The Pro Football Hall of Fame has long been blind toward kickers, and you can look it up. Since opening in 1963, the Hall has enshrined exactly two – Jan Stenerud and Morten Andersen – with Adam Vinatieri expected to join them when he retires.
But that’s it. Two … or one every 30 or so years, and there’s something wrong with this picture.
Simply put, you can’t tell me there aren’t more than two or three kickers out there who live up to Hall-of-Fame standards. Because there are. And former New York Giants’ star Ward Cuff is one them.
Never heard of him? Get in line. Cuff played 11 seasons, from 1937 through 1947, and he played with the Giants, Cardinals and Packers, with all but two years spent in New York. The guy was durable, versatile and invaluable – capable of playing a variety of positions.
On offense, he served mostly as a wingback in coach Steve Owen’s “A-formation” offense, which was a variation of the single wing, Cuff was called on to run, catch and, of course, kick … and the results speak for themselves. Playing in over 100 games, he averaged 5.4 yards a carry for his career, once carried 80 times in a season and produced 3,410 yards from scrimmage.
Oh, yeah, he twice led the Giants in pass receptions, too.
But why stop there? A former heavyweight boxing champion at Marquette University where he was the school’s record-holder in the javelin, Cuff’s considerable athletic abilities allowed him to play almost anywhere.
So Owen lined him up as a defensive back, and Cuff responded by setting a Giants’ record in 1938 with a 96-yard interception return. Then, three years later, he led the NFL in interception return yards. The guy was so adroit that when former Giants’ owner Wellington Mara in 1976 picked his all-time Giants; team, Cuff was one of his four defensive backs.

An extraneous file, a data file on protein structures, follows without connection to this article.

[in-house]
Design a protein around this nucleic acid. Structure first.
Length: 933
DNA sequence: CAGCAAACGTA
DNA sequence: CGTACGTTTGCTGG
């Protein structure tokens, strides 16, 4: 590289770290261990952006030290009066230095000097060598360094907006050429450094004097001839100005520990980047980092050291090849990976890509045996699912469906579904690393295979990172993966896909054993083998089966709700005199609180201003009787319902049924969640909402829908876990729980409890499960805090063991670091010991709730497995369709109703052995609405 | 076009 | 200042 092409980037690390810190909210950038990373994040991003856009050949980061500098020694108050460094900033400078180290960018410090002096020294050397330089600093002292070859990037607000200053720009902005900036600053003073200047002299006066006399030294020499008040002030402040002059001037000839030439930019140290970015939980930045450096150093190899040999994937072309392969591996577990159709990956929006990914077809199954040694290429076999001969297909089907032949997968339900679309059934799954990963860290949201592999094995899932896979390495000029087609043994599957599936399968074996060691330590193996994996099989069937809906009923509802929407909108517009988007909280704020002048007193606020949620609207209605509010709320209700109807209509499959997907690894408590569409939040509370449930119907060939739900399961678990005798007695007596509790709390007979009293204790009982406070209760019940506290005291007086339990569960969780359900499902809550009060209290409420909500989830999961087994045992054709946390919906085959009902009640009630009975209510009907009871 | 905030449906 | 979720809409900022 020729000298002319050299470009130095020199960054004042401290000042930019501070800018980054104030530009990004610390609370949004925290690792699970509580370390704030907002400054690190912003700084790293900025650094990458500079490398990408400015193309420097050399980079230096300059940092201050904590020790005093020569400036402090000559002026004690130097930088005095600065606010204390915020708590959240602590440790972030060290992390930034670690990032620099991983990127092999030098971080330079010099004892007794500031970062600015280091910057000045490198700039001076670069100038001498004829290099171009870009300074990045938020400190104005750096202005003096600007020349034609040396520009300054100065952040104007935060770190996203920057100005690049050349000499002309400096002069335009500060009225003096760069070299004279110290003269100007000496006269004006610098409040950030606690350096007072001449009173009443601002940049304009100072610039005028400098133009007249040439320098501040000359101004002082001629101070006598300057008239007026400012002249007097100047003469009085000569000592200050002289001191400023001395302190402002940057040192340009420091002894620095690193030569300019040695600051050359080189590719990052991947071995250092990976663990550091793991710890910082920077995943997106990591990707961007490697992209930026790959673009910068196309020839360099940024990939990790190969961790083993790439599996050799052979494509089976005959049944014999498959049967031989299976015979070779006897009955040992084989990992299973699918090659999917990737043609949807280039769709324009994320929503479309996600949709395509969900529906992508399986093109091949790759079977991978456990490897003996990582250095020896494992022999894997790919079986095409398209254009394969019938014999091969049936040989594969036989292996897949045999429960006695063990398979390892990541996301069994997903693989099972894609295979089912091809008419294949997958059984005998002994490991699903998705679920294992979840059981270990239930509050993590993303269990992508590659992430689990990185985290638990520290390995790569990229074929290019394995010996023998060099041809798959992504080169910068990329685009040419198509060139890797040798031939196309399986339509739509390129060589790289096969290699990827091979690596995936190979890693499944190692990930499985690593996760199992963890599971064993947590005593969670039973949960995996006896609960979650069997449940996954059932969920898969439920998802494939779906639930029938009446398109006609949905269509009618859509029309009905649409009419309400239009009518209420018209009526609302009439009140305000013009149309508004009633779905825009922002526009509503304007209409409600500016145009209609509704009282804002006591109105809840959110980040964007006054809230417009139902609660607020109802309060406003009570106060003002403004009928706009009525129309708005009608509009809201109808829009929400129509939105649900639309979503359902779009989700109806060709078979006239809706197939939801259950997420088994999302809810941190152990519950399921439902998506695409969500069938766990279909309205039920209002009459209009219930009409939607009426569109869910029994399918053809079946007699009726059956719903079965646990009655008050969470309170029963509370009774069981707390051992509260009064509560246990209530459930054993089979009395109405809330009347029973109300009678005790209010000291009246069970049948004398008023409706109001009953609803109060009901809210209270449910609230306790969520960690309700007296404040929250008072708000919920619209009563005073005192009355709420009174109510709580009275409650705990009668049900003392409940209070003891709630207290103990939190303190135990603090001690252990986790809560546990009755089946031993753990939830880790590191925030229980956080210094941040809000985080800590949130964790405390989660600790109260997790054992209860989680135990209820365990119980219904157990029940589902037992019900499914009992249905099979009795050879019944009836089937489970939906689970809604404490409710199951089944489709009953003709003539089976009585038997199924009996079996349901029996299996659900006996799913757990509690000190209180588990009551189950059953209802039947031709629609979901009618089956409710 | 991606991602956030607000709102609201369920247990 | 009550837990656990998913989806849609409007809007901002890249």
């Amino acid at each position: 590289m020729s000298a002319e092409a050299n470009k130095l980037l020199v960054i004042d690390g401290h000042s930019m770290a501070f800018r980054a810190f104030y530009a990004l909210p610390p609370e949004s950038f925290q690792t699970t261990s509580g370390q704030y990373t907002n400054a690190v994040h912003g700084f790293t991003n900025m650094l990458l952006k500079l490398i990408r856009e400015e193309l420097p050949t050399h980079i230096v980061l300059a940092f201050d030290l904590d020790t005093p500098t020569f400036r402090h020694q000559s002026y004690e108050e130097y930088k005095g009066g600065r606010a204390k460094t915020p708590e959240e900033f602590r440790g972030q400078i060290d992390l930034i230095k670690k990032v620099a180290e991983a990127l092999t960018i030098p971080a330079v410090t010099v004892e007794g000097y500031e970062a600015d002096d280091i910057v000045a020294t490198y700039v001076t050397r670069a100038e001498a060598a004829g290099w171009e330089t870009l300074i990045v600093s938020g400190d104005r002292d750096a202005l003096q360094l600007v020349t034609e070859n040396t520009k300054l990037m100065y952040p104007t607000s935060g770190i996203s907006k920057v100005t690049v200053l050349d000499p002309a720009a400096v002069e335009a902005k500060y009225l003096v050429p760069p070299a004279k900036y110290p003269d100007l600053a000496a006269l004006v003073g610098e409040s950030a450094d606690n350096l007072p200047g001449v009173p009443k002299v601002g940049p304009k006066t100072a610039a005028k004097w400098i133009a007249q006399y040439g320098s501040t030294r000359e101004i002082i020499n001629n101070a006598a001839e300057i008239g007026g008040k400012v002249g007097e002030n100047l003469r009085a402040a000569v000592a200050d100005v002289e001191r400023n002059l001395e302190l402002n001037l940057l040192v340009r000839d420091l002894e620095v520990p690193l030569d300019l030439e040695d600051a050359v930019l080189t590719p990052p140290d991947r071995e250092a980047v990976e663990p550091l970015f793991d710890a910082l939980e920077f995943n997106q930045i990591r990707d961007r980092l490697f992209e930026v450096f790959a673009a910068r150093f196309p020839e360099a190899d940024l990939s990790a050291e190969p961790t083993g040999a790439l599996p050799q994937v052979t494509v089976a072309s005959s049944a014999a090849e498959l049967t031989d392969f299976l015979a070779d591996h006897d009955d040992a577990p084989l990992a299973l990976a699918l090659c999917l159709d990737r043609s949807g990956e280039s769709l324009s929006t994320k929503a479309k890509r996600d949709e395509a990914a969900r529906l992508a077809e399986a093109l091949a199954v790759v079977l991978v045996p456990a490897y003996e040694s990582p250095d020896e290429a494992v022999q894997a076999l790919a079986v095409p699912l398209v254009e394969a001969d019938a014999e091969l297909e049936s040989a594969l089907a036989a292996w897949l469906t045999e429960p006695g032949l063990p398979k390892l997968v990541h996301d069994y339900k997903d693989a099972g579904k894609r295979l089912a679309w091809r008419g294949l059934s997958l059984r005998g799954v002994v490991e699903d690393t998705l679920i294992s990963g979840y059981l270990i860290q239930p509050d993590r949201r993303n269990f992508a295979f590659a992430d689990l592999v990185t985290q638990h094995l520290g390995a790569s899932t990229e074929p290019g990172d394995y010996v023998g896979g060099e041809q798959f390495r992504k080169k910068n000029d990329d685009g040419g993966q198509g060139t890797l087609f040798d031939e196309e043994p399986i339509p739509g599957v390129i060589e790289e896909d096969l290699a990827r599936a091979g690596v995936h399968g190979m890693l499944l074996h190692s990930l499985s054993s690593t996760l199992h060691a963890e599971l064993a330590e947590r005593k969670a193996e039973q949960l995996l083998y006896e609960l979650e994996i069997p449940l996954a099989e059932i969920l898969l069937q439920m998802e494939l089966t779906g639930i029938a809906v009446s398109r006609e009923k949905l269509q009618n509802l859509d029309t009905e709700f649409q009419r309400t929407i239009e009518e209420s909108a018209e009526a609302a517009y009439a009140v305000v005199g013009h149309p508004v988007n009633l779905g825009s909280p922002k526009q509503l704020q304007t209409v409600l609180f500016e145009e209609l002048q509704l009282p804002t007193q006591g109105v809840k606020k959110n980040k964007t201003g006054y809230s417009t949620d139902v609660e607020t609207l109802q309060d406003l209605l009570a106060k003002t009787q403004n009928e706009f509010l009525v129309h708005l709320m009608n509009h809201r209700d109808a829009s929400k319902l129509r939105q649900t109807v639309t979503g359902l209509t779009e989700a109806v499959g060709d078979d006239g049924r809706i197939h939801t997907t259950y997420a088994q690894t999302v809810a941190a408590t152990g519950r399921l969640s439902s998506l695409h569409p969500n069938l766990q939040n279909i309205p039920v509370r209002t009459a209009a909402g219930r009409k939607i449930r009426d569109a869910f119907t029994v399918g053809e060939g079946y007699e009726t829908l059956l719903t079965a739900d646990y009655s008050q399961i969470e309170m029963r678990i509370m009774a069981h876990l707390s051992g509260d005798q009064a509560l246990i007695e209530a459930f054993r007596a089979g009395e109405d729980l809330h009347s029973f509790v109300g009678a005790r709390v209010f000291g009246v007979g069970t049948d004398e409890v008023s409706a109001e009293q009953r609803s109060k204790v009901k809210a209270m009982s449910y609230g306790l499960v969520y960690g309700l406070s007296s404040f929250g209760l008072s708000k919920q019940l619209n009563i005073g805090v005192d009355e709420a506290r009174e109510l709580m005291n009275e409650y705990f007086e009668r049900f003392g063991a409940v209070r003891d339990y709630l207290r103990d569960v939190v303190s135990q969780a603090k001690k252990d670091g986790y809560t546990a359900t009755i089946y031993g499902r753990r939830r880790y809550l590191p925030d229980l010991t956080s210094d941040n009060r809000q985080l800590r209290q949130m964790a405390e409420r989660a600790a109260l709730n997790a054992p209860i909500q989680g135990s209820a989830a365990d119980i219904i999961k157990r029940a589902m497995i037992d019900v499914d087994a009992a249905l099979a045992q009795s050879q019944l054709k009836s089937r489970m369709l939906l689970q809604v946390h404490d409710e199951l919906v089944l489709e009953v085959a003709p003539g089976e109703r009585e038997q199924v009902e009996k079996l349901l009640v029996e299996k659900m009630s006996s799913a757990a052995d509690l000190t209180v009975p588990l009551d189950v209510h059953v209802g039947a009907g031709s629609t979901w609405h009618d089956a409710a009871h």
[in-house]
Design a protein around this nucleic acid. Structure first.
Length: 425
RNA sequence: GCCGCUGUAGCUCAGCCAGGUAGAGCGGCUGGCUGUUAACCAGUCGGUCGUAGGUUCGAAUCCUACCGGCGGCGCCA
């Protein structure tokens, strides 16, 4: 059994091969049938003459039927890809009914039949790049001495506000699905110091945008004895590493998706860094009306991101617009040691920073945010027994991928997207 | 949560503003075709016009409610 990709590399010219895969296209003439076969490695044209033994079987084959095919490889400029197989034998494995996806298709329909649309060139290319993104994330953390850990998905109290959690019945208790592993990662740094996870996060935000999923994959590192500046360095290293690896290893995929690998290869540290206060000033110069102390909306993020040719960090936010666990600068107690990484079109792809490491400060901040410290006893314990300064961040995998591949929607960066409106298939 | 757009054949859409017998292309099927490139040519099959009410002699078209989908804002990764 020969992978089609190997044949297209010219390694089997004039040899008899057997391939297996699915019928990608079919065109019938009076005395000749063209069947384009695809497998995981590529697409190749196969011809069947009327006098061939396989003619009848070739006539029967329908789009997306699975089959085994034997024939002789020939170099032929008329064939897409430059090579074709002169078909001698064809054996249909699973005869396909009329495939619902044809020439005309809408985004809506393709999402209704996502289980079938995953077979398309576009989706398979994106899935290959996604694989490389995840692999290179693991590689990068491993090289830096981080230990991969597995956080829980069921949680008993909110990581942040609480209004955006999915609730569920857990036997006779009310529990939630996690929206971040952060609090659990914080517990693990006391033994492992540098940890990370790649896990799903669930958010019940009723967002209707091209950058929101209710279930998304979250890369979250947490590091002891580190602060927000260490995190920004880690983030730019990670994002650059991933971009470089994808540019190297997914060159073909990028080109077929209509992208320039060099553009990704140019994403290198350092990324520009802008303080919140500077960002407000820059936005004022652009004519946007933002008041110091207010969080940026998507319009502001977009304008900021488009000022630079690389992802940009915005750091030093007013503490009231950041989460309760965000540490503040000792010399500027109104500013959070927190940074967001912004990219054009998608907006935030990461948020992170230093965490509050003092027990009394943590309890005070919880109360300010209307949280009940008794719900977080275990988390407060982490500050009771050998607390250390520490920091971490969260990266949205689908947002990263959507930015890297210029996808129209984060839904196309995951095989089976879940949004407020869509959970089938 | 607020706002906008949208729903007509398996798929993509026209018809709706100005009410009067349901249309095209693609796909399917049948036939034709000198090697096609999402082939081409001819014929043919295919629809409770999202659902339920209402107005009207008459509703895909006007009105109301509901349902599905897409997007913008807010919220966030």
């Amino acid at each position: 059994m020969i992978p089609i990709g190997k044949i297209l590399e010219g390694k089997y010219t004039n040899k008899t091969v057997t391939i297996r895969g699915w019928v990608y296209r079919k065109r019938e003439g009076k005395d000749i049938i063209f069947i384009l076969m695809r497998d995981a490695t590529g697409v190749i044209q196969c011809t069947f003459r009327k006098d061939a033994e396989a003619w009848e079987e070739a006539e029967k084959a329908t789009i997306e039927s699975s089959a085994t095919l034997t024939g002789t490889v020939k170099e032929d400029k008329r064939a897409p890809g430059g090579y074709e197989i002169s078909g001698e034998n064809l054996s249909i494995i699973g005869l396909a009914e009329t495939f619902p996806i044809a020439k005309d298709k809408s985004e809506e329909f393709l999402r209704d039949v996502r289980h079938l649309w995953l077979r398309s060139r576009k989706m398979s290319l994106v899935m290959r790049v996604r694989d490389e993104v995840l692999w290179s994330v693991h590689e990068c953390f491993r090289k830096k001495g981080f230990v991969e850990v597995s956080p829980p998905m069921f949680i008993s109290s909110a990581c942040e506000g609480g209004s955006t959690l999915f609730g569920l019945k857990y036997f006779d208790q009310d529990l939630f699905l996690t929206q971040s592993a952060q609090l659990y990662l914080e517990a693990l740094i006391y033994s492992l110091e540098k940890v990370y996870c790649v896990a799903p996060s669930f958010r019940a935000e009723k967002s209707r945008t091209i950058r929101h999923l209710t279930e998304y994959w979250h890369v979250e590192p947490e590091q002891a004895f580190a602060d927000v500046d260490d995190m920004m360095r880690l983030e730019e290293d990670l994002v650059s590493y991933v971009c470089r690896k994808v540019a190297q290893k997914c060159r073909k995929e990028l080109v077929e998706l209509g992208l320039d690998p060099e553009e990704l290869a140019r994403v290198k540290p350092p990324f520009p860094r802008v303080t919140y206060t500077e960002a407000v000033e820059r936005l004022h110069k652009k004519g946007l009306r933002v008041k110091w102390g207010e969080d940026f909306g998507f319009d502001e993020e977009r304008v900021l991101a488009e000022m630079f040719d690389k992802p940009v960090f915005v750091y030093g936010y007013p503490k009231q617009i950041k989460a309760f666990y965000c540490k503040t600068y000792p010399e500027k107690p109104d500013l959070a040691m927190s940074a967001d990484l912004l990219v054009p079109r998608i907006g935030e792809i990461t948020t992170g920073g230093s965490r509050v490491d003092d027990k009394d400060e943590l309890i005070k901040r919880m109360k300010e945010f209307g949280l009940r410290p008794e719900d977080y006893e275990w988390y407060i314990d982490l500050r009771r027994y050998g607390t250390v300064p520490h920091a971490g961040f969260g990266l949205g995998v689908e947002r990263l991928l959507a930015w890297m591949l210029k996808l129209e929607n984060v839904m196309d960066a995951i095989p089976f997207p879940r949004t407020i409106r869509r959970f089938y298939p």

“Ward was outstanding as a runner, a receiver and a defensive back,” said Owen. “Above all, he was an Iron Man who could play with so many injuries that he often seemed to be taped from head to toe before he put on his uniform.”
But it was special teams where he excelled, with Cuff returning kicks (he averaged 12 yards per punt return) as well as converting them. The guy was a multi-skilled handyman, but the truth is: He was more … much more … than that.
Pure and simple, he was the premier placekicker of his era, leading or sharing the NFL in field goals four times and finishing in the top five eight times. He set a Giants’ career scoring record, was named All-Pro five times (including three first-team selections) and had his number 14 jersey retired by the Giants (it was later given to Y.A., then re-retired after he left the game).
Decades later, league historian and Pro Football Journal's Chris Willis, head of the Research Library at NFL Films, named Cuff the first-team kicker on his list of pre-World War II all-stars.
Willis admits that Cuff is a borderline Hall of Famer, and I’d agree. The guy was an indispensable piece of a Giants team that won the 1938 NFL championship and four times was a division king. Yet his value lay in his versatility, not his productivity, with Cuff able to play so many positions that when the Giants lost leading rusher and scorer Bill Paschal for the 1944 league championship game, Cuff moved from wingback to running back to replace him.
Result: He carried 12 times for 76 yards and a score in a 14-7 Giants’ loss.
Cuff played in four league championship games with New York, winning one (1938), and while his versatility was remarkable it was his contributions as a kicker that gains your attention. Because if, as Willis contends, Ward Cuff was the best of the pre-World War II era, he deserves to have his candidacy heard by Hall-of-Fame voters.
No, I don’t think it happens … not even with the Hall expected to endorse 10 seniors for the Centennial Class of 2020. And you already know why: The Hall is … and has been … blind to kickers. So it almost certainly will be blind to Ward Cuff, too.
“I have a lot of fond memories of him,” Wellington Mara once said.
Too bad voters don’t.
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